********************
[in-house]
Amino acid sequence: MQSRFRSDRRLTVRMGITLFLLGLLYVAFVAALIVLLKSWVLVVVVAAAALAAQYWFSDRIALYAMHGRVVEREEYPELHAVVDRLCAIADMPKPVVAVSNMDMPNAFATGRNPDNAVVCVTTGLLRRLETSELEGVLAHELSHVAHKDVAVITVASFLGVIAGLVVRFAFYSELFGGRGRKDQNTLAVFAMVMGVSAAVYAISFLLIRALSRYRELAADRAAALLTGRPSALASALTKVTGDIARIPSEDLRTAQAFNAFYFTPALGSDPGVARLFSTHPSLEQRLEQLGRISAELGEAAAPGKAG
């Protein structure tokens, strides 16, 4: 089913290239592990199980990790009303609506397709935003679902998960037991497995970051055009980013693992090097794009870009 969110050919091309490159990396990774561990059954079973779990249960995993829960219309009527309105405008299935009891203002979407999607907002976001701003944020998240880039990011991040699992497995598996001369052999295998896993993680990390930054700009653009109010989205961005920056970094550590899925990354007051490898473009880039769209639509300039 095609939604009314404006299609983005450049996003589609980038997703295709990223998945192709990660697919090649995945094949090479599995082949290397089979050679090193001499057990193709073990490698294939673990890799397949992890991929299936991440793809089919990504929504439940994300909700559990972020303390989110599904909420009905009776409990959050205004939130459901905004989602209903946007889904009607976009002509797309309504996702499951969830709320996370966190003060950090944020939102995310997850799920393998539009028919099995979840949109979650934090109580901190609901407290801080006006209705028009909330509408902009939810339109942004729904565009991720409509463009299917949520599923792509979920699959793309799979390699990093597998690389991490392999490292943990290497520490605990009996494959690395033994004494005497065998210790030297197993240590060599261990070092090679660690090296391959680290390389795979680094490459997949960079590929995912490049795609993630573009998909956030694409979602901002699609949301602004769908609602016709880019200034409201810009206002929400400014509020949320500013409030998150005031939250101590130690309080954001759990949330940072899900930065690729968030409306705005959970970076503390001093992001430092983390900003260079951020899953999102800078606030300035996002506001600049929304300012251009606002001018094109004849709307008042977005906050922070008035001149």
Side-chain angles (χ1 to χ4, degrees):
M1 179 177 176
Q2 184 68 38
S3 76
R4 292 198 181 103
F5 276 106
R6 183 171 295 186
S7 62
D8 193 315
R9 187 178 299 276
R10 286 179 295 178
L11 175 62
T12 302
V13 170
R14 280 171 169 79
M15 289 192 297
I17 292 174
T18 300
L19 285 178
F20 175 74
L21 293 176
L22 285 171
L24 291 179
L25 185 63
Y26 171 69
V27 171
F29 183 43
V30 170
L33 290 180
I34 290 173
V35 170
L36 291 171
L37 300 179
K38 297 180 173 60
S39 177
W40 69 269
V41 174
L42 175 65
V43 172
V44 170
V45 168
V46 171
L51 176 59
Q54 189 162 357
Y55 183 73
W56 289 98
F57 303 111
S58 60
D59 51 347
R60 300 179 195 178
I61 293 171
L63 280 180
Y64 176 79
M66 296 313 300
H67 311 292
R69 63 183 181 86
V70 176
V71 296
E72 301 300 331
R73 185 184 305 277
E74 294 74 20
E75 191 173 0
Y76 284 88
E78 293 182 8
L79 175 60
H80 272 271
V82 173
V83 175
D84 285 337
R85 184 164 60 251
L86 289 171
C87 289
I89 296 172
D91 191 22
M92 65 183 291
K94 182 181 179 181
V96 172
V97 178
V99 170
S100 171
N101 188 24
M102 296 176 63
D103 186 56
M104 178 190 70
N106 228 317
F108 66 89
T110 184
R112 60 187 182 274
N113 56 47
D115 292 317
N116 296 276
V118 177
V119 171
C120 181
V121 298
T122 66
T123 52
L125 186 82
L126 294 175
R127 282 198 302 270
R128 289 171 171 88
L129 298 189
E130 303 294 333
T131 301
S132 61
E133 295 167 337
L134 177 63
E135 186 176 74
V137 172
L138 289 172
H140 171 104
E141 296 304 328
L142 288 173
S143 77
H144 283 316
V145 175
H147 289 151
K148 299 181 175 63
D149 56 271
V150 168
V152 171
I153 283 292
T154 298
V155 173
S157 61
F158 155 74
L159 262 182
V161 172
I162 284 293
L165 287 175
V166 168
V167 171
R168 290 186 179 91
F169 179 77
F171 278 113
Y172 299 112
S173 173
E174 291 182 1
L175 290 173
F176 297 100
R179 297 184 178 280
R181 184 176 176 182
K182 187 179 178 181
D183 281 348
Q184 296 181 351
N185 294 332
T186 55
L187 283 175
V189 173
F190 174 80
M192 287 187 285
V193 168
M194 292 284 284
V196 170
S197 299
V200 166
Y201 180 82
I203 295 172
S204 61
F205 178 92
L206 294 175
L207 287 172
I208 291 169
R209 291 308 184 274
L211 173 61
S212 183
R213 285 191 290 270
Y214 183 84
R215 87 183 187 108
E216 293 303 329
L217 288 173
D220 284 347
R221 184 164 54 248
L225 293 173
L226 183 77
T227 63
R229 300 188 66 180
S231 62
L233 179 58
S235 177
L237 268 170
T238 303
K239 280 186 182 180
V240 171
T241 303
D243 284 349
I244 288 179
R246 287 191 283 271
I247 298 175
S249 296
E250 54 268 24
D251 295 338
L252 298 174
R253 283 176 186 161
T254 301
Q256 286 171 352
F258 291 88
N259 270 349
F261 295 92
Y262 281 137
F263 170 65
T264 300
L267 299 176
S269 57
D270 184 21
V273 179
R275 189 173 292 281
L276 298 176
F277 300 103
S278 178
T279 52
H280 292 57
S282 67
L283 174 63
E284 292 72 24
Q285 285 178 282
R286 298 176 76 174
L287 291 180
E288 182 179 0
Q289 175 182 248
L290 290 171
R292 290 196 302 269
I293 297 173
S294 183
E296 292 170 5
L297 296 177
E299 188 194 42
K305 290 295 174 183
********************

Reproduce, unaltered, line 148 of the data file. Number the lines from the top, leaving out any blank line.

Q184 296 181 351